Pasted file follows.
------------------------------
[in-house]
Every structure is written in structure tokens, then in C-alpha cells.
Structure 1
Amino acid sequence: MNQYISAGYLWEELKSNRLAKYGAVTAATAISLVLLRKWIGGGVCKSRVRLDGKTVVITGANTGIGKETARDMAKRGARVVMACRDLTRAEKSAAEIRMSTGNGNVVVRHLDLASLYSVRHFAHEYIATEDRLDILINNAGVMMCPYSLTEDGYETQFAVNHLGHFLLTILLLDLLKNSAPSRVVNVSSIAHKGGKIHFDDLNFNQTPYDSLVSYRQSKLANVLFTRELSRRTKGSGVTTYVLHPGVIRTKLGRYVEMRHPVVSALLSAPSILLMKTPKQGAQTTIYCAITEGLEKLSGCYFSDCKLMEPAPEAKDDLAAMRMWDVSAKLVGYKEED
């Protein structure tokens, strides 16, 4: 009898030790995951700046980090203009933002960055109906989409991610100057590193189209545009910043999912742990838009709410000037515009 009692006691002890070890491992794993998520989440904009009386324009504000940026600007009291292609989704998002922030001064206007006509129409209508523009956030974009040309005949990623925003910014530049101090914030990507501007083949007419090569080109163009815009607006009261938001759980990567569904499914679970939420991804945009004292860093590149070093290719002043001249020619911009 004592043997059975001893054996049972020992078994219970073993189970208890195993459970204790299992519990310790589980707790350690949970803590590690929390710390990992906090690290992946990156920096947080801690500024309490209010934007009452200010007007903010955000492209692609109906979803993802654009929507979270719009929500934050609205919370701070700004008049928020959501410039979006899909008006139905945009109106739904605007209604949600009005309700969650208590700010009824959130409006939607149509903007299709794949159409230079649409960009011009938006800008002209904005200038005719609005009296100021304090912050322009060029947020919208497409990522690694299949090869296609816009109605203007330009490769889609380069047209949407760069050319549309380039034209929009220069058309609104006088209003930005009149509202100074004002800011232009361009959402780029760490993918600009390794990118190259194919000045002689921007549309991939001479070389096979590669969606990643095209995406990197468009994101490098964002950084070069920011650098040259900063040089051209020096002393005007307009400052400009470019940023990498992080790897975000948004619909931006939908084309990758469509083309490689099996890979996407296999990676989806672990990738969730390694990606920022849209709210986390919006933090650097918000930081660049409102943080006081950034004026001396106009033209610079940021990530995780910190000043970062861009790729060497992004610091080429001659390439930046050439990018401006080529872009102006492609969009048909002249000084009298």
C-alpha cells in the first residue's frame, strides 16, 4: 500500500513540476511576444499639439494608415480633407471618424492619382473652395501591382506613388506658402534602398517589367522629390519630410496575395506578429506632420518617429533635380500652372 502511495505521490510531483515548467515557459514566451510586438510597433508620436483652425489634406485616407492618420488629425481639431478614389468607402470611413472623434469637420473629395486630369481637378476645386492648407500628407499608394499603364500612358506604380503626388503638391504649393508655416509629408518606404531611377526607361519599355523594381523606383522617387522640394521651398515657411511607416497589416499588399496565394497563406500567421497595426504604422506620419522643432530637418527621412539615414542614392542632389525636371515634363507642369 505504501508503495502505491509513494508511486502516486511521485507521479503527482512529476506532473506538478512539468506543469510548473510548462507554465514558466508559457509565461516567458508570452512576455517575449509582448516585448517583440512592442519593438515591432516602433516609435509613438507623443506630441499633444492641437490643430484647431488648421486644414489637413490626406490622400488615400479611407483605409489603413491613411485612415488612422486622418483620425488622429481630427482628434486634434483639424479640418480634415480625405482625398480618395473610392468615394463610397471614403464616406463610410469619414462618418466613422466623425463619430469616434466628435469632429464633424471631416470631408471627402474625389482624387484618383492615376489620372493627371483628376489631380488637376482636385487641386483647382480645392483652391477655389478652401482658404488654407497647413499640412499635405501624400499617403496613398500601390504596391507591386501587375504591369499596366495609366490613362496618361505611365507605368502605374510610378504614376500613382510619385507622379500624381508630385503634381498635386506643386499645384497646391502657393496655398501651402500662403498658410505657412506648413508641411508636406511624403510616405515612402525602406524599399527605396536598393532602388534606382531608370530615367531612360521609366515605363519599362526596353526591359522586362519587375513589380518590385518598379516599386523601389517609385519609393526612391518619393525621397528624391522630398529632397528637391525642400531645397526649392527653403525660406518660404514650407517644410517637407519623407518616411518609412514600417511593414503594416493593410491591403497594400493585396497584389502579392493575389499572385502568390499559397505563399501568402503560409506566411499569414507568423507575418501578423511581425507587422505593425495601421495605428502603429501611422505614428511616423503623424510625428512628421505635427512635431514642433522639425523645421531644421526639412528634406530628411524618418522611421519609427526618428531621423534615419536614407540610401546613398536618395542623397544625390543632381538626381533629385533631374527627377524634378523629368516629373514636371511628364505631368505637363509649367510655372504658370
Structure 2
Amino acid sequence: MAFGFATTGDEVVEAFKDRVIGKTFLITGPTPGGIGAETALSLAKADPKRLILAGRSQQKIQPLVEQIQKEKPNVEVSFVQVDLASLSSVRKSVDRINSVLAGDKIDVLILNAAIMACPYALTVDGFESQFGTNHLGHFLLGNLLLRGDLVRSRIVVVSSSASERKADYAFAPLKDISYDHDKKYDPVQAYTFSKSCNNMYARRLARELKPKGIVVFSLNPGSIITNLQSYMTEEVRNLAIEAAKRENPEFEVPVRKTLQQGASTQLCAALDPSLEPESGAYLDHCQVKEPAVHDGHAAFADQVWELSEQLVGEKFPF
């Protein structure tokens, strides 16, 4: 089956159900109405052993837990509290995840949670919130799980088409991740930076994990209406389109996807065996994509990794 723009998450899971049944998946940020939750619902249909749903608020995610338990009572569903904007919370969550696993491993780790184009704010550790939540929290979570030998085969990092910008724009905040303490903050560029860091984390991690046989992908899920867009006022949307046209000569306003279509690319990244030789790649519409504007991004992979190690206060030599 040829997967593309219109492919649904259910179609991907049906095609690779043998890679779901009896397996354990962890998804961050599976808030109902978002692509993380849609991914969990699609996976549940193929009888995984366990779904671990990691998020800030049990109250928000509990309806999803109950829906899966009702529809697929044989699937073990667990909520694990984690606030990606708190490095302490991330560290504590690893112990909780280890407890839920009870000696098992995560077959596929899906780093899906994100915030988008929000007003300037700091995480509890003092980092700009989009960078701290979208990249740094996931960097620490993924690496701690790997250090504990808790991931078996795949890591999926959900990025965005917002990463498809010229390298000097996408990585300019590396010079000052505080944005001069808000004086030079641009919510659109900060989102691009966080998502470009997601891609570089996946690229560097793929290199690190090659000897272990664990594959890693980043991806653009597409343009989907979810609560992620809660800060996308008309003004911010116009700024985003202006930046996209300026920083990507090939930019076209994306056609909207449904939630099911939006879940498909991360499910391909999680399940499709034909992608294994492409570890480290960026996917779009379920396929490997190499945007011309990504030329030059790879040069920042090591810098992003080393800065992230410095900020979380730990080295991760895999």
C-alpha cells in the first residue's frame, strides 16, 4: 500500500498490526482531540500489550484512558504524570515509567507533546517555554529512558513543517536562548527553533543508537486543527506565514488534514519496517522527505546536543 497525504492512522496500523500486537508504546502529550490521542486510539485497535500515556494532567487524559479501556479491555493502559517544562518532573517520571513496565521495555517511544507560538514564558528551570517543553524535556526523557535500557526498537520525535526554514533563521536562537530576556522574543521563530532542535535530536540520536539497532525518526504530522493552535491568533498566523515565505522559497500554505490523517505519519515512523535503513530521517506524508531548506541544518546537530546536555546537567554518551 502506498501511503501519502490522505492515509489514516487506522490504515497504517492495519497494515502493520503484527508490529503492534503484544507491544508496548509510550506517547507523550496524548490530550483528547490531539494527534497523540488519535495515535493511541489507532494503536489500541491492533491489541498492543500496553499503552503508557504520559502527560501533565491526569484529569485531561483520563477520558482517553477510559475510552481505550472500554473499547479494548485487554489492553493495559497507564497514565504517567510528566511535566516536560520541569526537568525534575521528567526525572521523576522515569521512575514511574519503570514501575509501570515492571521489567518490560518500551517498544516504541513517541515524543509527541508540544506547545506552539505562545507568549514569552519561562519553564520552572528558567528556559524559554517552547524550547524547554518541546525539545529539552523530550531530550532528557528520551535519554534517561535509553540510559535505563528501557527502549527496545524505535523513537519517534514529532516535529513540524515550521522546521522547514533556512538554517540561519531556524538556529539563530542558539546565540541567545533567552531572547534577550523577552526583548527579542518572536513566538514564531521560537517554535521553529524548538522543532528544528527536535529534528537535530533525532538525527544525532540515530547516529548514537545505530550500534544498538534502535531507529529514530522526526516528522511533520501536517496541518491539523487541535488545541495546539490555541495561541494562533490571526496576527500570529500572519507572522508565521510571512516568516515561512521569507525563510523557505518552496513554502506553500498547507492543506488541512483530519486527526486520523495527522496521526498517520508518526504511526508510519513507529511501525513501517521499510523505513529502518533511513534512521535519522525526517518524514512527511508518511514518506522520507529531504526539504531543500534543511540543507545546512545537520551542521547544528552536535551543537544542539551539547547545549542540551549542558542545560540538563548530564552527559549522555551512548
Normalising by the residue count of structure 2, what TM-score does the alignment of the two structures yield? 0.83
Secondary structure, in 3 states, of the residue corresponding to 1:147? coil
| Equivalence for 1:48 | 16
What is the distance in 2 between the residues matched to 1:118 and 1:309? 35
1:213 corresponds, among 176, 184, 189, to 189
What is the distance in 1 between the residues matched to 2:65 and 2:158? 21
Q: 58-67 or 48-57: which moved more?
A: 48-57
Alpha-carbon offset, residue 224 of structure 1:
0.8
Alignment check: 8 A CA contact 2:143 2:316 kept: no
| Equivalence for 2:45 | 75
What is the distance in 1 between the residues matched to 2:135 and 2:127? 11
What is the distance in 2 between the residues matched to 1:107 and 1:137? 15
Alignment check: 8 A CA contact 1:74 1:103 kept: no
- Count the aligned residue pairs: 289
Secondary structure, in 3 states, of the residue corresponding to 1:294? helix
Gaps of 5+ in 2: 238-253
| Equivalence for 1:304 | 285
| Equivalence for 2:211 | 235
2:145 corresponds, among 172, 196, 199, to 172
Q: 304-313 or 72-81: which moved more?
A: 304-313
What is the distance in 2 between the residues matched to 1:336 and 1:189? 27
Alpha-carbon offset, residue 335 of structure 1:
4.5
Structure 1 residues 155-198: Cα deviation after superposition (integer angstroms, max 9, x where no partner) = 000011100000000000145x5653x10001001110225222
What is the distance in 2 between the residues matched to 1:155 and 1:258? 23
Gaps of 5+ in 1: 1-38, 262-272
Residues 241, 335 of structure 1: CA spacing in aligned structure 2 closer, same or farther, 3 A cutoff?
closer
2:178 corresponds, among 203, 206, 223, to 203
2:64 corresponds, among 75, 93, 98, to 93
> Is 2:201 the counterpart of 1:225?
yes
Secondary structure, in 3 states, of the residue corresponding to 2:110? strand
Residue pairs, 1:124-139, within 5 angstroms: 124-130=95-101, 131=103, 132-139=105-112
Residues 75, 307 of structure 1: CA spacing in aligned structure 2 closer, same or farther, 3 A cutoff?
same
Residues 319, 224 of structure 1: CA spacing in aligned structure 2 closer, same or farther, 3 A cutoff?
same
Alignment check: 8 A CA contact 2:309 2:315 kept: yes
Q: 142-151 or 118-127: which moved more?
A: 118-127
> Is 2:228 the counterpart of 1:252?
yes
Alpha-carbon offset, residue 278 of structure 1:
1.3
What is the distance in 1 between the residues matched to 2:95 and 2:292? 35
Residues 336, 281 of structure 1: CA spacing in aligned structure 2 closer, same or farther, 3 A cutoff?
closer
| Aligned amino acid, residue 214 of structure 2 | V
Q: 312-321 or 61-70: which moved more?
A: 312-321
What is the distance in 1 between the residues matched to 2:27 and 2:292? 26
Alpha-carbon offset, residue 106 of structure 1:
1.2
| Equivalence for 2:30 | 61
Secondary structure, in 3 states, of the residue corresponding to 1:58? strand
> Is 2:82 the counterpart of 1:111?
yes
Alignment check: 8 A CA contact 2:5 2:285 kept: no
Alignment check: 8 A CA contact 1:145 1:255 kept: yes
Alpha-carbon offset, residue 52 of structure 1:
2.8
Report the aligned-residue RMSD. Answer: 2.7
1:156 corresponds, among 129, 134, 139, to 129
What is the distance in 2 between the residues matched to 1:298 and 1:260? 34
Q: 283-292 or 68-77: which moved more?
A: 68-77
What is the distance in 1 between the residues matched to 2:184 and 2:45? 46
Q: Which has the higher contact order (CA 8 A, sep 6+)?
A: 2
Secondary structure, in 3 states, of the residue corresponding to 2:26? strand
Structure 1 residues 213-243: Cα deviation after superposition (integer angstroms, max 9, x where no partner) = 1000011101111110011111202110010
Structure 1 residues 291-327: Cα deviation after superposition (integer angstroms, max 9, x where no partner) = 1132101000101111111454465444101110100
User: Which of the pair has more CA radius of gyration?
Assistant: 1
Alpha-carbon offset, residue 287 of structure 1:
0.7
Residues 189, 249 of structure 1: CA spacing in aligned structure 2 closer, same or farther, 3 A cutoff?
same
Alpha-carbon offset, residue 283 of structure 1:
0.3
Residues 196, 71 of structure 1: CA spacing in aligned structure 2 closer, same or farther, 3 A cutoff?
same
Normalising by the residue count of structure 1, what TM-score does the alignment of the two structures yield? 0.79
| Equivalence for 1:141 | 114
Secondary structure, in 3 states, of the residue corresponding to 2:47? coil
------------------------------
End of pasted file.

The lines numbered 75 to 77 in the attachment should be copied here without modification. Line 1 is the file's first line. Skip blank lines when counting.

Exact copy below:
2.8
Report the aligned-residue RMSD. Answer: 2.7
1:156 corresponds, among 129, 134, 139, to 129